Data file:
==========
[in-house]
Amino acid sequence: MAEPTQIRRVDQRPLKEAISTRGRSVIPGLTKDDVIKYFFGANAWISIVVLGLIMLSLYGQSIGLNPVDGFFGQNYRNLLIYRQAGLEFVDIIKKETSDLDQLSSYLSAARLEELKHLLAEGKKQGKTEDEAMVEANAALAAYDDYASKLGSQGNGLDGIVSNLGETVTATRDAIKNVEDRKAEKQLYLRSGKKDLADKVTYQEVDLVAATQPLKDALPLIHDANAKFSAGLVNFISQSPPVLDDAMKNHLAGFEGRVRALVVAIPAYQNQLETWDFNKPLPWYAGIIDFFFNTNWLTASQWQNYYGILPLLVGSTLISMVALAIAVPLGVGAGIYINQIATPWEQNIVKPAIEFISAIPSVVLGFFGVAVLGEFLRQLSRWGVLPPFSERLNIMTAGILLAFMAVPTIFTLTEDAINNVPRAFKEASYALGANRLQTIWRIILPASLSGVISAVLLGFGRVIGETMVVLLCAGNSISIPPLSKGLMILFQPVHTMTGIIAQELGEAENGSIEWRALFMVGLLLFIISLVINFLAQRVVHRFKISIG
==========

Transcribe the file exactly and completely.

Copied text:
[in-house]
Amino acid sequence: MAEPTQIRRVDQRPLKEAISTRGRSVIPGLTKDDVIKYFFGANAWISIVVLGLIMLSLYGQSIGLNPVDGFFGQNYRNLLIYRQAGLEFVDIIKKETSDLDQLSSYLSAARLEELKHLLAEGKKQGKTEDEAMVEANAALAAYDDYASKLGSQGNGLDGIVSNLGETVTATRDAIKNVEDRKAEKQLYLRSGKKDLADKVTYQEVDLVAATQPLKDALPLIHDANAKFSAGLVNFISQSPPVLDDAMKNHLAGFEGRVRALVVAIPAYQNQLETWDFNKPLPWYAGIIDFFFNTNWLTASQWQNYYGILPLLVGSTLISMVALAIAVPLGVGAGIYINQIATPWEQNIVKPAIEFISAIPSVVLGFFGVAVLGEFLRQLSRWGVLPPFSERLNIMTAGILLAFMAVPTIFTLTEDAINNVPRAFKEASYALGANRLQTIWRIILPASLSGVISAVLLGFGRVIGETMVVLLCAGNSISIPPLSKGLMILFQPVHTMTGIIAQELGEAENGSIEWRALFMVGLLLFIISLVINFLAQRVVHRFKISIG